It’s a rather interesting feeling, suddenly being pushed to your knees from behind, with an object pointed against your head as a gruff voice demands your money, your cellphone, everything you have. I wouldn’t say that I was afraid–not for my life, at least. Not once during the entire mugging did I have a particular fear that I was going to die. I feared for my belongings, and I feared that I might be injured, but my life? It just didn’t occur to me.
I can’t tell if that’s why I fought back, or if I’d realized by that point that the object against my head was not a weapon, but an iPod masquerading as one. Either way, the mugging turned into an outright brawl as my attacker and I threw our punches, crashing against the cars and fences that surrounded us. I won’t bore you all with the details, but ultimately, the criminals were arrested, I got (some) of my belongings back, and now I have an appointment with the district attorney’s office and a grand jury. This is my life this week.
The thing is, though, I’m finding that I’m hurt more than physically.
Sure, my body aches, and I have a black eye, and my brand new phone is shattered…but more than that, I find myself looking over my shoulder. I was assaulted during my walk home from work, something I do nearly every day. I’ve lived in this area for a year, and in the city for three years, without a care. I survived deep Bushwick for three months: why is the East Village where I suddenly feel unsafe?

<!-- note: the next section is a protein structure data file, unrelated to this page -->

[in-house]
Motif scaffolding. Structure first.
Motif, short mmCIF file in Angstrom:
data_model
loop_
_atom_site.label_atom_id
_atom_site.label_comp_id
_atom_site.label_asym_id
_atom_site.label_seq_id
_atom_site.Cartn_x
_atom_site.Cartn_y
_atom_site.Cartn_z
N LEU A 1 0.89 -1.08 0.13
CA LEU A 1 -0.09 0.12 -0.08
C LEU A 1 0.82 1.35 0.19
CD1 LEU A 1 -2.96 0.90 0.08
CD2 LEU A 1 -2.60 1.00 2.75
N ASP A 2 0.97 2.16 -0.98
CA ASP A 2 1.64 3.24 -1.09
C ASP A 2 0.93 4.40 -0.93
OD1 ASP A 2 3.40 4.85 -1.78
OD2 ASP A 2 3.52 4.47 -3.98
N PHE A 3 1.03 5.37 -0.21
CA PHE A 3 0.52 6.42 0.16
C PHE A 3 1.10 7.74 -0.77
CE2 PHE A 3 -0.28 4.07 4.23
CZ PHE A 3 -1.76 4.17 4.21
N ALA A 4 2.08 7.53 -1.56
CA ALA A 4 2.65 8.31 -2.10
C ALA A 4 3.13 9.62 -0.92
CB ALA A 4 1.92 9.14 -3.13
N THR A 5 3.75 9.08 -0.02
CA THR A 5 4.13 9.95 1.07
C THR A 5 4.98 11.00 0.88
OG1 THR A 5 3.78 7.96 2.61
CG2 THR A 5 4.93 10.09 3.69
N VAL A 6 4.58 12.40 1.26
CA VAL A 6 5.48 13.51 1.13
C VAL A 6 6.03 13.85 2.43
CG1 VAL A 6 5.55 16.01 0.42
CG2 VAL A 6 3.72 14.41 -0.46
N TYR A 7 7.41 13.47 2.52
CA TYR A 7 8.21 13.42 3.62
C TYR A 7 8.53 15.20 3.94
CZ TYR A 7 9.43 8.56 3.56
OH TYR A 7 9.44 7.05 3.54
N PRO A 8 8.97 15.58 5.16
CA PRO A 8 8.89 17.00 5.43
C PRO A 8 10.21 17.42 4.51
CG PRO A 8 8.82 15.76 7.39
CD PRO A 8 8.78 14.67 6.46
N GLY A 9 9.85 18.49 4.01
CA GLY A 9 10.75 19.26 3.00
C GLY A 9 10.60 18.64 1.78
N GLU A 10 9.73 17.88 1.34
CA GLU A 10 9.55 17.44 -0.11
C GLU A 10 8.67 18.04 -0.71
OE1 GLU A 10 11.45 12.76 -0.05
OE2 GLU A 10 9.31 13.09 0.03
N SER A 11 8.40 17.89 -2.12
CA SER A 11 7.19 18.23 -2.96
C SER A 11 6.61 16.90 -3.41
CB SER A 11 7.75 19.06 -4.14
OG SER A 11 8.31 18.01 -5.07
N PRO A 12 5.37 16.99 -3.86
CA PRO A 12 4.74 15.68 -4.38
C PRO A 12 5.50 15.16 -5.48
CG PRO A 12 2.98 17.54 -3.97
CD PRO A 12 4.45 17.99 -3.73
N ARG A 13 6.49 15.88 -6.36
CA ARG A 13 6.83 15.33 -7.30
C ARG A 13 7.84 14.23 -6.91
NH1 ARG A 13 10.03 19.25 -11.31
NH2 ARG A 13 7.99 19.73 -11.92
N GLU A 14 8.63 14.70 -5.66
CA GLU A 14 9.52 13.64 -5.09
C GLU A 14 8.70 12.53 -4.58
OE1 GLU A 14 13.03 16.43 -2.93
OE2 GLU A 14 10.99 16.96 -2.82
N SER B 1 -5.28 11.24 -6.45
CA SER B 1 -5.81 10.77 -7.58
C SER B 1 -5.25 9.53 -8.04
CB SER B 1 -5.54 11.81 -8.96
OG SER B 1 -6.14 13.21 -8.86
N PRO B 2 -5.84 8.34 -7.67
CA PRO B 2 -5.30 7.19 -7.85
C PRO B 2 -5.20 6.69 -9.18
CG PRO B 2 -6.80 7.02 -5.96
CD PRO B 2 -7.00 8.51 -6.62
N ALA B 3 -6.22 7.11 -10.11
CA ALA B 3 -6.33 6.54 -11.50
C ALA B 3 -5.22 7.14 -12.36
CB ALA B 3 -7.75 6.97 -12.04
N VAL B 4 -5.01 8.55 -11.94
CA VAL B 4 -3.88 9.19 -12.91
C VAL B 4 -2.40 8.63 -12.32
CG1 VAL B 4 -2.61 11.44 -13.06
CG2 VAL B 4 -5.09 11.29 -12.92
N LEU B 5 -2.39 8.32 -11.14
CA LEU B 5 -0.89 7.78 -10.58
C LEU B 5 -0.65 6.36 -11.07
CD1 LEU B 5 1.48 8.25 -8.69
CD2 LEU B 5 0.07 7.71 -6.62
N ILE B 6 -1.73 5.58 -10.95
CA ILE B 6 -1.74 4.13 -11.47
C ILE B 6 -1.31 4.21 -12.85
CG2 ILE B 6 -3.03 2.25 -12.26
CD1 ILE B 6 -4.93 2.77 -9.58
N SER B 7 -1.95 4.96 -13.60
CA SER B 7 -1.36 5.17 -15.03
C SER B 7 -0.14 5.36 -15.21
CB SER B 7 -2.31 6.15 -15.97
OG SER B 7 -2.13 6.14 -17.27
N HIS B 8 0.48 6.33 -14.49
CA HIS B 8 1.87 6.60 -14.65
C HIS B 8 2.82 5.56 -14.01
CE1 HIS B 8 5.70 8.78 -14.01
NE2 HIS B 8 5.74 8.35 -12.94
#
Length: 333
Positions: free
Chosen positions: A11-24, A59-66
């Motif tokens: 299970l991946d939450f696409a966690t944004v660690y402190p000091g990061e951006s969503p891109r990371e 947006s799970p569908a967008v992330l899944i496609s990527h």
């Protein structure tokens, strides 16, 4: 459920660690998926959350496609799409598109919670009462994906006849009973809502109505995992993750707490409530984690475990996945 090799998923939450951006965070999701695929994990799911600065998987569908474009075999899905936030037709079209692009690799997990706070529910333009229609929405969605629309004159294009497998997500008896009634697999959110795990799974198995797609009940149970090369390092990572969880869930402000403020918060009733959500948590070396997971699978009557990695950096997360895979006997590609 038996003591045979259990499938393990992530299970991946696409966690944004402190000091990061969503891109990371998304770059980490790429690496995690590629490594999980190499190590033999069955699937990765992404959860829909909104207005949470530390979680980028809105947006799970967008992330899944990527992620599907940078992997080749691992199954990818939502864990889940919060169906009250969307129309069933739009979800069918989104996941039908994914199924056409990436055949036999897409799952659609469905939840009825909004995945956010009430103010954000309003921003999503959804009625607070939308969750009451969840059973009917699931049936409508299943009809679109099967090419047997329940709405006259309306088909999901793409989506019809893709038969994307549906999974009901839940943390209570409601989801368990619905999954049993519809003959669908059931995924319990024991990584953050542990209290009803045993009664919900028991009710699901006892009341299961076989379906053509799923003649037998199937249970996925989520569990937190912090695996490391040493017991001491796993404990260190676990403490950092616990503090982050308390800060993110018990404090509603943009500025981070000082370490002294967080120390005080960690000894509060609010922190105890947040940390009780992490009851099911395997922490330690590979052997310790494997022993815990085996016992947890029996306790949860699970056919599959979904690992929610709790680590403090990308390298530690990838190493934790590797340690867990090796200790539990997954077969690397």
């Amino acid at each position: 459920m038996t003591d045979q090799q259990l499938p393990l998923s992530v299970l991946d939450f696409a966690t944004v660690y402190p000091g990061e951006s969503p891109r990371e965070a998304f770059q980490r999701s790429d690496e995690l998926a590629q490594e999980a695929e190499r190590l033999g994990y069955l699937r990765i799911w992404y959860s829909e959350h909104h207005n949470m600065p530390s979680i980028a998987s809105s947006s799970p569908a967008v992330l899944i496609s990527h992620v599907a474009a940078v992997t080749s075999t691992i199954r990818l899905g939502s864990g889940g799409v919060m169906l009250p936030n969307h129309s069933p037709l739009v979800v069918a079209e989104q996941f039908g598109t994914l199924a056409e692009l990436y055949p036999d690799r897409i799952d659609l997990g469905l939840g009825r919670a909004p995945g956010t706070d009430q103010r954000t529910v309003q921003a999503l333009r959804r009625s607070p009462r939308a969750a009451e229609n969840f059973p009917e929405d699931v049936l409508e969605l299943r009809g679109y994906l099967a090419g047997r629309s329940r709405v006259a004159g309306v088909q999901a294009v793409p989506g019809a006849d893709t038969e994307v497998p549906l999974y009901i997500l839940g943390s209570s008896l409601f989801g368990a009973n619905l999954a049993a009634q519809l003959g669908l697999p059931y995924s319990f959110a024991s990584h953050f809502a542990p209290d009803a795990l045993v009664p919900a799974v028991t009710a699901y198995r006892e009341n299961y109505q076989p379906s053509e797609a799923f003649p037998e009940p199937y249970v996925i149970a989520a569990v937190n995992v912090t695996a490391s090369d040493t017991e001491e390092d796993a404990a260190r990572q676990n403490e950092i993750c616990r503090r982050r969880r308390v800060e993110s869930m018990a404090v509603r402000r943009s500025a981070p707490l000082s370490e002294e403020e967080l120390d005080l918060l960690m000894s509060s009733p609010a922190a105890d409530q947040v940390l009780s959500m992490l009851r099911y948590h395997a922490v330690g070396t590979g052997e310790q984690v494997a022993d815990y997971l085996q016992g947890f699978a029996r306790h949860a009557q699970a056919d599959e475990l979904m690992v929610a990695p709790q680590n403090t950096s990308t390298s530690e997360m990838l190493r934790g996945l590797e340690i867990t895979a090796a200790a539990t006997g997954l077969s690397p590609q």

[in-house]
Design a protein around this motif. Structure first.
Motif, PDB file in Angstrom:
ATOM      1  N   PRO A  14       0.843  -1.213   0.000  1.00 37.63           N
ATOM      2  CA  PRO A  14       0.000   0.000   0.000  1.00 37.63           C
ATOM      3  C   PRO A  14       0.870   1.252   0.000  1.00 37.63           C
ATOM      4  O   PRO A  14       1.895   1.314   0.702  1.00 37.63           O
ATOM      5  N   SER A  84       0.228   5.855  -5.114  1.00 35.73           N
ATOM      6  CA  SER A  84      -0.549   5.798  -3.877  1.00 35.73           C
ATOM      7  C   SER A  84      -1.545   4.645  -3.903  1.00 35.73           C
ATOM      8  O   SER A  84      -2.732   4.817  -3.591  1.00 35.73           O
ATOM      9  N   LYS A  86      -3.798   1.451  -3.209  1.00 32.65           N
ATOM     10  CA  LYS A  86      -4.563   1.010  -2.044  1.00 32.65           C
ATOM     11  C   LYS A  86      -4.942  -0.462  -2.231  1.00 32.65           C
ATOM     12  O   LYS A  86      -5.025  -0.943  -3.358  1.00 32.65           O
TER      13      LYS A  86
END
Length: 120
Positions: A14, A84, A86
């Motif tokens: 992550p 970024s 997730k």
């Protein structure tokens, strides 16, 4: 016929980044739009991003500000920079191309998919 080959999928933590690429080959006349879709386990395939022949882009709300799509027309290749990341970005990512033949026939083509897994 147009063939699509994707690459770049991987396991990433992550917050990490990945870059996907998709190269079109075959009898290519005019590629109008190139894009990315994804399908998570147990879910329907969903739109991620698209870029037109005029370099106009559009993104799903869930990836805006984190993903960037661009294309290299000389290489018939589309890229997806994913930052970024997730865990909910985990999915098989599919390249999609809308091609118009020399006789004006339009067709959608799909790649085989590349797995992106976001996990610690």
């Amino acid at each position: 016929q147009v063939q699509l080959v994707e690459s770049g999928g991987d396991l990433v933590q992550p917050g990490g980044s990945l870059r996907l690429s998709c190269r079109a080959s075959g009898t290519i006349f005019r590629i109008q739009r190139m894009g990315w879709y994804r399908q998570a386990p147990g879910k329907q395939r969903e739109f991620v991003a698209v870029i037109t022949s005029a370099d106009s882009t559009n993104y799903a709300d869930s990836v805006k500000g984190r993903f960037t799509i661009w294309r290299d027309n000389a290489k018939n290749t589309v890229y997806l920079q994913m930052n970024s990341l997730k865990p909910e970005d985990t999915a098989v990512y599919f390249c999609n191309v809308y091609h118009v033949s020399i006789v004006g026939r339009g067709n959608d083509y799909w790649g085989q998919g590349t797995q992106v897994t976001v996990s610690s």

The reality is that I’m not unsafe. Or, rather, I’m not really safer here than I was anywhere else. It was random, and could’ve happened anywhere. I was either just unlucky the other night, or I was lucky that it hadn’t happened before now. Any of us could be mugged at any given moment. The time of day doesn’t even really matter that much. Sure, an attack may be more likely at night, but that doesn’t mean you’re suddenly safe during the day. Even knowing your surroundings doesn’t mean much. I was one hundred percent aware that my attacker was behind me, but I shrugged it off, assuming him to be simply another pedestrian. My mistake: but how was I to know?
How is anyone supposed to protect themselves in a city filled with over eight million people? If somebody wants to hurt you, they can hurt you. Short of becoming a reclusive shut-in, this is the risk that we all have to take. It’s not really different than anywhere else, aside from the simple fact that with the more people, the odds change. You can carry pepper spray, or take self defense courses, or even run everywhere you go: the unfortunate fact is, someone traveling alone becomes a target.
Even with that reality fresh in my mind, though, I’m reminded constantly of everything I love about this city. I love that there are so many people. I love that we’re all different. I love the feeling that absolutely anything can happen–even if that, unfortunately, could go in a negative direction. Despite this incident, I’ll be sticking around, grateful for every moment.